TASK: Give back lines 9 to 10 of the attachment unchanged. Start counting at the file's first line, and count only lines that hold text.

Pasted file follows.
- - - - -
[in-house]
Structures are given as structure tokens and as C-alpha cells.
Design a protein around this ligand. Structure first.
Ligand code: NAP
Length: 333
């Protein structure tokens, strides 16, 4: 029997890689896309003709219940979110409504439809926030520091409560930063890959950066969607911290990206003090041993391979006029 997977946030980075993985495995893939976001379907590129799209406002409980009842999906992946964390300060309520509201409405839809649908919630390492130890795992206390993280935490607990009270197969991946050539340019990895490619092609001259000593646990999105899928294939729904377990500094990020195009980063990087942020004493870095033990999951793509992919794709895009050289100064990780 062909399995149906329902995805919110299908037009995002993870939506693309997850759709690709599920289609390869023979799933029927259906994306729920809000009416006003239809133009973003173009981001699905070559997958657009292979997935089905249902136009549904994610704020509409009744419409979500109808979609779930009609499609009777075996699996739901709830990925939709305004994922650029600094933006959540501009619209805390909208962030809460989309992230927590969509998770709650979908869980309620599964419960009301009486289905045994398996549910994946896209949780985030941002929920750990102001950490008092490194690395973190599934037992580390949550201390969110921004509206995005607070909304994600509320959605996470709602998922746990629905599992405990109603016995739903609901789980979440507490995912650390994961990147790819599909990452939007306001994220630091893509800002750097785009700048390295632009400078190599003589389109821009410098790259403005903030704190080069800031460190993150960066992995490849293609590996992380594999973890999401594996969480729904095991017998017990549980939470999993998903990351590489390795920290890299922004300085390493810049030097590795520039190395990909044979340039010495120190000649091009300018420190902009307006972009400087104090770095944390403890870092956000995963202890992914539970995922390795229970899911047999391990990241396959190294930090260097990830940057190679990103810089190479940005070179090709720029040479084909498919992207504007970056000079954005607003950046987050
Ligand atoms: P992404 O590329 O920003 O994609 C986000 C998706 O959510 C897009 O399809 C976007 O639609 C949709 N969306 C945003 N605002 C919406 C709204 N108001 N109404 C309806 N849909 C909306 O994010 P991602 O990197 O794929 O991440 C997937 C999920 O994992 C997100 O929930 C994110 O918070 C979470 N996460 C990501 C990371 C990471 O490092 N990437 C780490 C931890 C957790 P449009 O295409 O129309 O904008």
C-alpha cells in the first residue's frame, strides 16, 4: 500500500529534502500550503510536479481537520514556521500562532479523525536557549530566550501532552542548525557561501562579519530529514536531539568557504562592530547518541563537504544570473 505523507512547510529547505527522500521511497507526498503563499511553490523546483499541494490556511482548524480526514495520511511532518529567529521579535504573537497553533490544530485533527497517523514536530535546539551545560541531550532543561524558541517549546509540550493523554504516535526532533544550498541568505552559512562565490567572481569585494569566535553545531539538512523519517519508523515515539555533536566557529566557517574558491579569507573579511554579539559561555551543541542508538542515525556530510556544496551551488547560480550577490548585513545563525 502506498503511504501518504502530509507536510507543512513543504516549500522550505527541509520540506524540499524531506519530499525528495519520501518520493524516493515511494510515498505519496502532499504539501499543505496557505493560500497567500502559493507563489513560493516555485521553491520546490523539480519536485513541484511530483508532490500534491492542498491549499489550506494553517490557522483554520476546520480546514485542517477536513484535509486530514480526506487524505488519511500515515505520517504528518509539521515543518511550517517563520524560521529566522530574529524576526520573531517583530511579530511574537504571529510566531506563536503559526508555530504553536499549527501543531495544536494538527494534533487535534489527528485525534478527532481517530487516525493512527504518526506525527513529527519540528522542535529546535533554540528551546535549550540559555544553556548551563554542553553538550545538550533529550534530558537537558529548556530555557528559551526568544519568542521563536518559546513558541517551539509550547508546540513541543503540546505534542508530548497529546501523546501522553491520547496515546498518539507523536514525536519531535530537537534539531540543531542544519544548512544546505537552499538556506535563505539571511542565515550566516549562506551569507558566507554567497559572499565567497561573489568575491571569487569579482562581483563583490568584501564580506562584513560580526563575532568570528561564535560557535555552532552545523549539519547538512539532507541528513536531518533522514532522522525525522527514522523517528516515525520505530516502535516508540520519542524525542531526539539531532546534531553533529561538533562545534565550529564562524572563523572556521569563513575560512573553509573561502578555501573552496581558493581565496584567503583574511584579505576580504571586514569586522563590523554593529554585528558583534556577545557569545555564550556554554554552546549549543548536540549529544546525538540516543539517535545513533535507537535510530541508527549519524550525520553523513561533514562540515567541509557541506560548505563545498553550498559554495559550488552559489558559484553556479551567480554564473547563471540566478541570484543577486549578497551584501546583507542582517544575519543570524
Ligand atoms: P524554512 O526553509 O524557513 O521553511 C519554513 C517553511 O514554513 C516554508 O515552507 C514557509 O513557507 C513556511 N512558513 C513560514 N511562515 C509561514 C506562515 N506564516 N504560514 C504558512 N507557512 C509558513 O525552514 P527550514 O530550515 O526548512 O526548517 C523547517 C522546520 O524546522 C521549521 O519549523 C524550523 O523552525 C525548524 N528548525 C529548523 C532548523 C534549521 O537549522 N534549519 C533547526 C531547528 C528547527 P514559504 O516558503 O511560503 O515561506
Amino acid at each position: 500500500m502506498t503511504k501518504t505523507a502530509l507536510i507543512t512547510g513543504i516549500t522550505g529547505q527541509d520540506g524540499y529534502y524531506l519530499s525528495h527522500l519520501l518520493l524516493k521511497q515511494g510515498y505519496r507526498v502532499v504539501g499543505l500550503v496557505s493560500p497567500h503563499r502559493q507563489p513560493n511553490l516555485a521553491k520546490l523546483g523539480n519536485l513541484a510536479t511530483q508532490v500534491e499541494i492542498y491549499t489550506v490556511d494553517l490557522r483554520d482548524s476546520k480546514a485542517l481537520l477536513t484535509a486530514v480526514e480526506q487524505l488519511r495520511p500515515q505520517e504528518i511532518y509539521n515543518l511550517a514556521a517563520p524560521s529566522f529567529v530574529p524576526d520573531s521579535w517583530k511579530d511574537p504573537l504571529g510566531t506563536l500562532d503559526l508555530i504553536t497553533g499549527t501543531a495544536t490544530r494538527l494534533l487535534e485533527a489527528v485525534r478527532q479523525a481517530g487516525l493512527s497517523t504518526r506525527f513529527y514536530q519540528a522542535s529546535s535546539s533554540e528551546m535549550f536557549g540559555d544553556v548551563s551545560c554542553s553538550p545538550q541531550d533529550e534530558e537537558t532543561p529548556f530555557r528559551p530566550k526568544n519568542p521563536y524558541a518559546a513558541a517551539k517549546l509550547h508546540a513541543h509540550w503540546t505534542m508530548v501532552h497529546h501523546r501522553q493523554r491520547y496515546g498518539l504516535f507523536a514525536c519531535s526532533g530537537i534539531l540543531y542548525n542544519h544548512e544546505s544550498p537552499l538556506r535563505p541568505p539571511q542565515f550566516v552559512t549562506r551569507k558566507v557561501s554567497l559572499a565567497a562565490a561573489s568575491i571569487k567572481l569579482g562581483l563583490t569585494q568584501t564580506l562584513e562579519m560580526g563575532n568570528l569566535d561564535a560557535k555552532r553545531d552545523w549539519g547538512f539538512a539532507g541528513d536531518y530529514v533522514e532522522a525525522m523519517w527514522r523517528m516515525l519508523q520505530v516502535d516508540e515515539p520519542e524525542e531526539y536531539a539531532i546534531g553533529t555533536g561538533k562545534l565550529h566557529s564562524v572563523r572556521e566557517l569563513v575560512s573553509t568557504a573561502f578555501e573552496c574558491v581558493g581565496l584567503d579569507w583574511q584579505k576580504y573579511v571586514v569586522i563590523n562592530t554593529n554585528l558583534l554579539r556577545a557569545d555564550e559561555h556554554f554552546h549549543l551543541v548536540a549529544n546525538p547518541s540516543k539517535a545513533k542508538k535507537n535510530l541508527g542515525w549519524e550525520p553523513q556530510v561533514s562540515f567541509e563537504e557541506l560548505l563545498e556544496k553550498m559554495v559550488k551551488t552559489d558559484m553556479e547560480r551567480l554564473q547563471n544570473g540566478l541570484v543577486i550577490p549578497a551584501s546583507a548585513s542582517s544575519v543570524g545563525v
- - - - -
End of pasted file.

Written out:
Ligand atoms: P524554512 O526553509 O524557513 O521553511 C519554513 C517553511 O514554513 C516554508 O515552507 C514557509 O513557507 C513556511 N512558513 C513560514 N511562515 C509561514 C506562515 N506564516 N504560514 C504558512 N507557512 C509558513 O525552514 P527550514 O530550515 O526548512 O526548517 C523547517 C522546520 O524546522 C521549521 O519549523 C524550523 O523552525 C525548524 N528548525 C529548523 C532548523 C534549521 O537549522 N534549519 C533547526 C531547528 C528547527 P514559504 O516558503 O511560503 O515561506
Amino acid at each position: 500500500m502506498t503511504k501518504t505523507a502530509l507536510i507543512t512547510g513543504i516549500t522550505g529547505q527541509d520540506g524540499y529534502y524531506l519530499s525528495h527522500l519520501l518520493l524516493k521511497q515511494g510515498y505519496r507526498v502532499v504539501g499543505l500550503v496557505s493560500p497567500h503563499r502559493q507563489p513560493n511553490l516555485a521553491k520546490l523546483g523539480n519536485l513541484a510536479t511530483q508532490v500534491e499541494i492542498y491549499t489550506v490556511d494553517l490557522r483554520d482548524s476546520k480546514a485542517l481537520l477536513t484535509a486530514v480526514e480526506q487524505l488519511r495520511p500515515q505520517e504528518i511532518y509539521n515543518l511550517a514556521a517563520p524560521s529566522f529567529v530574529p524576526d520573531s521579535w517583530k511579530d511574537p504573537l504571529g510566531t506563536l500562532d503559526l508555530i504553536t497553533g499549527t501543531a495544536t490544530r494538527l494534533l487535534e485533527a489527528v485525534r478527532q479523525a481517530g487516525l493512527s497517523t504518526r506525527f513529527y514536530q519540528a522542535s529546535s535546539s533554540e528551546m535549550f536557549g540559555d544553556v548551563s551545560c554542553s553538550p545538550q541531550d533529550e534530558e537537558t532543561p529548556f530555557r528559551p530566550k526568544n519568542p521563536y524558541a518559546a513558541a517551539k517549546l509550547h508546540a513541543h509540550w503540546t505534542m508530548v501532552h497529546h501523546r501522553q493523554r491520547y496515546g498518539l504516535f507523536a514525536c519531535s526532533g530537537i534539531l540543531y542548525n542544519h544548512e544546505s544550498p537552499l538556506r535563505p541568505p539571511q542565515f550566516v552559512t549562506r551569507k558566507v557561501s554567497l559572499a565567497a562565490a561573489s568575491i571569487k567572481l569579482g562581483l563583490t569585494q568584501t564580506l562584513e562579519m560580526g563575532n568570528l569566535d561564535a560557535k555552532r553545531d552545523w549539519g547538512f539538512a539532507g541528513d536531518y530529514v533522514e532522522a525525522m523519517w527514522r523517528m516515525l519508523q520505530v516502535d516508540e515515539p520519542e524525542e531526539y536531539a539531532i546534531g553533529t555533536g561538533k562545534l565550529h566557529s564562524v572563523r572556521e566557517l569563513v575560512s573553509t568557504a573561502f578555501e573552496c574558491v581558493g581565496l584567503d579569507w583574511q584579505k576580504y573579511v571586514v569586522i563590523n562592530t554593529n554585528l558583534l554579539r556577545a557569545d555564550e559561555h556554554f554552546h549549543l551543541v548536540a549529544n546525538p547518541s540516543k539517535a545513533k542508538k535507537n535510530l541508527g542515525w549519524e550525520p553523513q556530510v561533514s562540515f567541509e563537504e557541506l560548505l563545498e556544496k553550498m559554495v559550488k551551488t552559489d558559484m553556479e547560480r551567480l554564473q547563471n544570473g540566478l541570484v543577486i550577490p549578497a551584501s546583507a548585513s542582517s544575519v543570524g545563525v